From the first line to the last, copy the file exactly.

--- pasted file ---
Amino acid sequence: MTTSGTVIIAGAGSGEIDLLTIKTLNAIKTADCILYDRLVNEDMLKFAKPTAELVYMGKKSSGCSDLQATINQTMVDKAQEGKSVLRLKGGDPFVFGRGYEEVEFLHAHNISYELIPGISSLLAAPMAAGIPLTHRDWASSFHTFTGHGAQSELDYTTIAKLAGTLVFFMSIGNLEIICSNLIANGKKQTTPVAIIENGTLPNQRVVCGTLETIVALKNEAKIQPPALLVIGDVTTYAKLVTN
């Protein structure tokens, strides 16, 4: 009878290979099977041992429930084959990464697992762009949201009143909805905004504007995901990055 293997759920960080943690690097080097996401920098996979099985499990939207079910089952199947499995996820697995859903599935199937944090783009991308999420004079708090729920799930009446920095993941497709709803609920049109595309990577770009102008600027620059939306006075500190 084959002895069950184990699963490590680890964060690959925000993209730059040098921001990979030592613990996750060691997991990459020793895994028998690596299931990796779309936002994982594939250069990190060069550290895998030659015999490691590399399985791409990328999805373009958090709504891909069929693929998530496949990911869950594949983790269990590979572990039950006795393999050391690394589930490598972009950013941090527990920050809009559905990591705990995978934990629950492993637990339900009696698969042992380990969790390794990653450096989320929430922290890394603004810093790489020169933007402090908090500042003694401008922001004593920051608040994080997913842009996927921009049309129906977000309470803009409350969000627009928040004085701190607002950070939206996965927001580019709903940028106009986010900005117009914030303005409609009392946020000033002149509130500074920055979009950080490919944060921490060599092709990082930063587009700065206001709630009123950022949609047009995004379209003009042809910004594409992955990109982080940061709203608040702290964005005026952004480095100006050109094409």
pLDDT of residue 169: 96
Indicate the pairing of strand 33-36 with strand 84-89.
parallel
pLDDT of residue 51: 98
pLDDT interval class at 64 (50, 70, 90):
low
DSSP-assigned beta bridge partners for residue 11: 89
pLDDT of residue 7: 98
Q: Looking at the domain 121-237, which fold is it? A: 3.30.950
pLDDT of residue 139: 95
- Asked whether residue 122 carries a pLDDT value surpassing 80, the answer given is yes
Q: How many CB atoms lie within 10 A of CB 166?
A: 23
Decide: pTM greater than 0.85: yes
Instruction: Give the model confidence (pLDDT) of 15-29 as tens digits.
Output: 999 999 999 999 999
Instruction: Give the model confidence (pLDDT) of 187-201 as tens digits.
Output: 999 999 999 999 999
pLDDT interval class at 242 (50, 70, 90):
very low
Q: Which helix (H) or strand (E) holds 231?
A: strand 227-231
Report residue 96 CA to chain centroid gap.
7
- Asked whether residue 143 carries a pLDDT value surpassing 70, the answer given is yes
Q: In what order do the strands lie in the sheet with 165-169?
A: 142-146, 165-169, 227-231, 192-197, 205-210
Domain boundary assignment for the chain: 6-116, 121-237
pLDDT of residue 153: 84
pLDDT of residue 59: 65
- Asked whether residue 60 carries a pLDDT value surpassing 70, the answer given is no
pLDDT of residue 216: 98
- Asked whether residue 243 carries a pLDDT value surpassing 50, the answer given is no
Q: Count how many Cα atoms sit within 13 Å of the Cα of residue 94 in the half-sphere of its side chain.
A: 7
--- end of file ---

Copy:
Amino acid sequence: MTTSGTVIIAGAGSGEIDLLTIKTLNAIKTADCILYDRLVNEDMLKFAKPTAELVYMGKKSSGCSDLQATINQTMVDKAQEGKSVLRLKGGDPFVFGRGYEEVEFLHAHNISYELIPGISSLLAAPMAAGIPLTHRDWASSFHTFTGHGAQSELDYTTIAKLAGTLVFFMSIGNLEIICSNLIANGKKQTTPVAIIENGTLPNQRVVCGTLETIVALKNEAKIQPPALLVIGDVTTYAKLVTN
């Protein structure tokens, strides 16, 4: 009878290979099977041992429930084959990464697992762009949201009143909805905004504007995901990055 293997759920960080943690690097080097996401920098996979099985499990939207079910089952199947499995996820697995859903599935199937944090783009991308999420004079708090729920799930009446920095993941497709709803609920049109595309990577770009102008600027620059939306006075500190 084959002895069950184990699963490590680890964060690959925000993209730059040098921001990979030592613990996750060691997991990459020793895994028998690596299931990796779309936002994982594939250069990190060069550290895998030659015999490691590399399985791409990328999805373009958090709504891909069929693929998530496949990911869950594949983790269990590979572990039950006795393999050391690394589930490598972009950013941090527990920050809009559905990591705990995978934990629950492993637990339900009696698969042992380990969790390794990653450096989320929430922290890394603004810093790489020169933007402090908090500042003694401008922001004593920051608040994080997913842009996927921009049309129906977000309470803009409350969000627009928040004085701190607002950070939206996965927001580019709903940028106009986010900005117009914030303005409609009392946020000033002149509130500074920055979009950080490919944060921490060599092709990082930063587009700065206001709630009123950022949609047009995004379209003009042809910004594409992955990109982080940061709203608040702290964005005026952004480095100006050109094409």
pLDDT of residue 169: 96
Indicate the pairing of strand 33-36 with strand 84-89.
parallel
pLDDT of residue 51: 98
pLDDT interval class at 64 (50, 70, 90):
low
DSSP-assigned beta bridge partners for residue 11: 89
pLDDT of residue 7: 98
Q: Looking at the domain 121-237, which fold is it? A: 3.30.950
pLDDT of residue 139: 95
- Asked whether residue 122 carries a pLDDT value surpassing 80, the answer given is yes
Q: How many CB atoms lie within 10 A of CB 166?
A: 23
Decide: pTM greater than 0.85: yes
Instruction: Give the model confidence (pLDDT) of 15-29 as tens digits.
Output: 999 999 999 999 999
Instruction: Give the model confidence (pLDDT) of 187-201 as tens digits.
Output: 999 999 999 999 999
pLDDT interval class at 242 (50, 70, 90):
very low
Q: Which helix (H) or strand (E) holds 231?
A: strand 227-231
Report residue 96 CA to chain centroid gap.
7
- Asked whether residue 143 carries a pLDDT value surpassing 70, the answer given is yes
Q: In what order do the strands lie in the sheet with 165-169?
A: 142-146, 165-169, 227-231, 192-197, 205-210
Domain boundary assignment for the chain: 6-116, 121-237
pLDDT of residue 153: 84
pLDDT of residue 59: 65
- Asked whether residue 60 carries a pLDDT value surpassing 70, the answer given is no
pLDDT of residue 216: 98
- Asked whether residue 243 carries a pLDDT value surpassing 50, the answer given is no
Q: Count how many Cα atoms sit within 13 Å of the Cα of residue 94 in the half-sphere of its side chain.
A: 7